Average Lifespan

Average Lifespan

Life expectancy is no exact science. There is no guarantee for anything; there is only a chance for it. Some persons for no known reasons reach well into old age, topping 90 and even 100 yrs old. Most of us cannot expect to reach this level of “ripeness”, however with proper diet, exercise and a little luck in genetics, persons suffering no great injuries or ailments can expect to live to fairly old ages.

Life expectancy over the centuries has risen greatly. There were actually two levels of expectancy in earlier centuries. Childhood disease often shortened ones” life span considerably, and so at birth you would have a fairly short life span expectancy that would be increased after reaching the milestone of mid-teens.

During the 13th century life expectancy after 15 yrs of age ranged from the early 40’s to the early 60,’s, the following century however, the life expectancy was lowered to only 55 due to the Black Death (Bubonic plague) that took millions, nearly half of the population of Europe succumbed to this dreaded disease. Thought long gone, this disease has actually had several reported cases throughout the world in recent years.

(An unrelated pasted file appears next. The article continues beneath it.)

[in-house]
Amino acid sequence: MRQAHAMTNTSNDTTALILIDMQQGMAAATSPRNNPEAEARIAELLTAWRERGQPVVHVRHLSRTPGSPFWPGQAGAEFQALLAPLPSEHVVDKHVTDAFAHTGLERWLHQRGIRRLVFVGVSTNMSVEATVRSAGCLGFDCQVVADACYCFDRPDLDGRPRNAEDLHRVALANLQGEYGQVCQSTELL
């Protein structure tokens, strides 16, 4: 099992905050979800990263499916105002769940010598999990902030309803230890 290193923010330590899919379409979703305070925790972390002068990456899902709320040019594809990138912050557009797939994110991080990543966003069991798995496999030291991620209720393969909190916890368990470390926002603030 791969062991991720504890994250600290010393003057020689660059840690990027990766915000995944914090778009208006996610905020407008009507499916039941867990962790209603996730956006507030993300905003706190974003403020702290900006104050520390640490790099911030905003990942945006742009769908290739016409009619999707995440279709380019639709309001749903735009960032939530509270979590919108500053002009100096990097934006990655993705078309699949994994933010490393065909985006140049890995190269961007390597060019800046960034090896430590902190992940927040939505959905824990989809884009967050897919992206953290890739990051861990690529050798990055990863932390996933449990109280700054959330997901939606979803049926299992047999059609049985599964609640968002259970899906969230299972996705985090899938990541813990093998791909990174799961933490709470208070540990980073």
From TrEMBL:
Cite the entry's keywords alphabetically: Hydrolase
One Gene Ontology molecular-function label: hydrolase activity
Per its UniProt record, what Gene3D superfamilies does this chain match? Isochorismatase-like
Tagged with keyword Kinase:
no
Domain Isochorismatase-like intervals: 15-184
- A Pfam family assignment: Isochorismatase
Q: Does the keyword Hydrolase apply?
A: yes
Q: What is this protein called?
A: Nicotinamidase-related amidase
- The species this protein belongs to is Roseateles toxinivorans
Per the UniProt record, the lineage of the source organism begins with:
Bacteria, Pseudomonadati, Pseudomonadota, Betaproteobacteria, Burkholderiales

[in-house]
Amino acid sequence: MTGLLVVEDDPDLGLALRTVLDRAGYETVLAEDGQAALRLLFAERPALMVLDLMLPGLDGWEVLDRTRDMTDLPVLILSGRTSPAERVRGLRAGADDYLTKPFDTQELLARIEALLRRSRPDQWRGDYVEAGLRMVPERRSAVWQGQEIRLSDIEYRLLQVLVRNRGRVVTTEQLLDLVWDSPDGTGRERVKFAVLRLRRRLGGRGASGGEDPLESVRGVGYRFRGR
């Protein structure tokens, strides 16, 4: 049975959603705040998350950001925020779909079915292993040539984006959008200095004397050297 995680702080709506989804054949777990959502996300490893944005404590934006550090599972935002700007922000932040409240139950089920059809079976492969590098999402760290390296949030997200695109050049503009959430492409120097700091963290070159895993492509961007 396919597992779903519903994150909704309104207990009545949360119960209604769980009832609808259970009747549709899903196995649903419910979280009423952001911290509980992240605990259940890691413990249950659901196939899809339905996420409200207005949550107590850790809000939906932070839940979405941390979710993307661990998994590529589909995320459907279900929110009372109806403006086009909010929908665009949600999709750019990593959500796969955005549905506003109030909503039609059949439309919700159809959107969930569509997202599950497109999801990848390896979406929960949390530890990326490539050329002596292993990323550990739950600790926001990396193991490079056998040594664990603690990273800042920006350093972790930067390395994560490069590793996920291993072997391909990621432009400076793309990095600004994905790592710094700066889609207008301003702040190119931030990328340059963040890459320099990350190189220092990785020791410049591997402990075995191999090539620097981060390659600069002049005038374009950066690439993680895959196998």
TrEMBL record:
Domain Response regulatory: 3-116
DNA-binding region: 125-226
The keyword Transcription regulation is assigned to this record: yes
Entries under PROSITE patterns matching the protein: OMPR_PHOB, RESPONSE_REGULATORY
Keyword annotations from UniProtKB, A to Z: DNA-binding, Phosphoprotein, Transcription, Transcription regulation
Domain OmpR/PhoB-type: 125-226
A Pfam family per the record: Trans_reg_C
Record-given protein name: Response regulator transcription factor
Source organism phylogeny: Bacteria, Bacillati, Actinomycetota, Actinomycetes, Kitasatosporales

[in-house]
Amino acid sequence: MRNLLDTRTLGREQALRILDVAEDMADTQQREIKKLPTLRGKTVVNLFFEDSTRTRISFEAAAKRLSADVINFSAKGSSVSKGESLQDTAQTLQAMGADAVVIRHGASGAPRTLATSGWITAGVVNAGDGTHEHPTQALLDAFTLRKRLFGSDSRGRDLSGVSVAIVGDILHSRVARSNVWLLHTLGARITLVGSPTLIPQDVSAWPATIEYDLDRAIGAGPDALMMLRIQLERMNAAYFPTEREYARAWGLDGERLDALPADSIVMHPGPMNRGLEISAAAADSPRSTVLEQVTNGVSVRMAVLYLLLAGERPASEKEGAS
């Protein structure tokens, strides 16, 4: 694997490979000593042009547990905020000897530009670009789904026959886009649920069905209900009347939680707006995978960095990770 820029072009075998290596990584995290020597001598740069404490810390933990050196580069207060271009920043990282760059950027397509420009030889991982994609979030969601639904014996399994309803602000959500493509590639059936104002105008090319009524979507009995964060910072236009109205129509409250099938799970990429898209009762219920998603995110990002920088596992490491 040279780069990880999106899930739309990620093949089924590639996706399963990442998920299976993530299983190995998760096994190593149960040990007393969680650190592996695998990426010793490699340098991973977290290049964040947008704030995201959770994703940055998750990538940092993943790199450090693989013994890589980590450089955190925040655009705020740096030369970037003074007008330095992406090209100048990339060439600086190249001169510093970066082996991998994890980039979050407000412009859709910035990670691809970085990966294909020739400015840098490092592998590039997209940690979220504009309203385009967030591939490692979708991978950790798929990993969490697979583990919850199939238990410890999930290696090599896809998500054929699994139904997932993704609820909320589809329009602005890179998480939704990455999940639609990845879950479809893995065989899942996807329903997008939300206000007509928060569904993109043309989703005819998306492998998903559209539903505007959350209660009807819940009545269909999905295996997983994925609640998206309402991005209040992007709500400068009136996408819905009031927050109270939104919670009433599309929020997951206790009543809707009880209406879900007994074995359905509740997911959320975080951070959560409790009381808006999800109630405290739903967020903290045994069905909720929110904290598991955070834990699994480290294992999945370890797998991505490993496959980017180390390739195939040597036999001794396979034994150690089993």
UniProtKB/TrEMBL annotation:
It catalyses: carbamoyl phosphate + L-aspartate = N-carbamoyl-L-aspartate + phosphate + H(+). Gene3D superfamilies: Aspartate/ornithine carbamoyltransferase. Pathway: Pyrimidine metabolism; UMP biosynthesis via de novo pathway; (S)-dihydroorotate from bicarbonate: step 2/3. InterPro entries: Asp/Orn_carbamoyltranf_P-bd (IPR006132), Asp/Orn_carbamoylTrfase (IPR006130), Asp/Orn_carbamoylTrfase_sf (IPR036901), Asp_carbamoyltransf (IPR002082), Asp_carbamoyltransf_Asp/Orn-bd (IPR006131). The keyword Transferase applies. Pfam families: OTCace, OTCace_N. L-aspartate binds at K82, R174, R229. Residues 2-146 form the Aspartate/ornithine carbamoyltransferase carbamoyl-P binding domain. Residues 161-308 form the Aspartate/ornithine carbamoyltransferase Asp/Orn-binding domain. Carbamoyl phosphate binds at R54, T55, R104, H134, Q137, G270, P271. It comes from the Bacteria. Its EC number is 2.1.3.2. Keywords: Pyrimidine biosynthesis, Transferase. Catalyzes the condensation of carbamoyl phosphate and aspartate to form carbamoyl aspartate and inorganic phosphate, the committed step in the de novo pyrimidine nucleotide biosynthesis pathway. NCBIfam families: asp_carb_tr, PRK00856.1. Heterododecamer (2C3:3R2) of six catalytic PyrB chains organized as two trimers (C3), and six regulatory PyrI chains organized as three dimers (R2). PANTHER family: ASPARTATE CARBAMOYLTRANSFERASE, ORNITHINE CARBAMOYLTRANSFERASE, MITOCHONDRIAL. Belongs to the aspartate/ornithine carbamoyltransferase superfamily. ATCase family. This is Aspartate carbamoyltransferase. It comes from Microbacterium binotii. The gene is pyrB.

The centuries following the Black Death saw a rise in human life expectancy after 15, increasing from the fairly young age of 55 to as high 69 or 70 yrs of age, and then increasing slightly more to 71 years of age the following century. These numbers are considered the highest age possible, in reality people usually didn”t live much beyond 30 or 40 yrs of age due to various illnesses, even the flu that we see as a nuisance for about a week every year killed millions.

The average life expectancy in the early American colonies was a mere 25 yrs of age, and in New England 40% of children never reached maturity. The industrial revolution in England saw the average number of childhood deaths of children under the age of five years decrease from approximately 75% mortality rate to about 30%.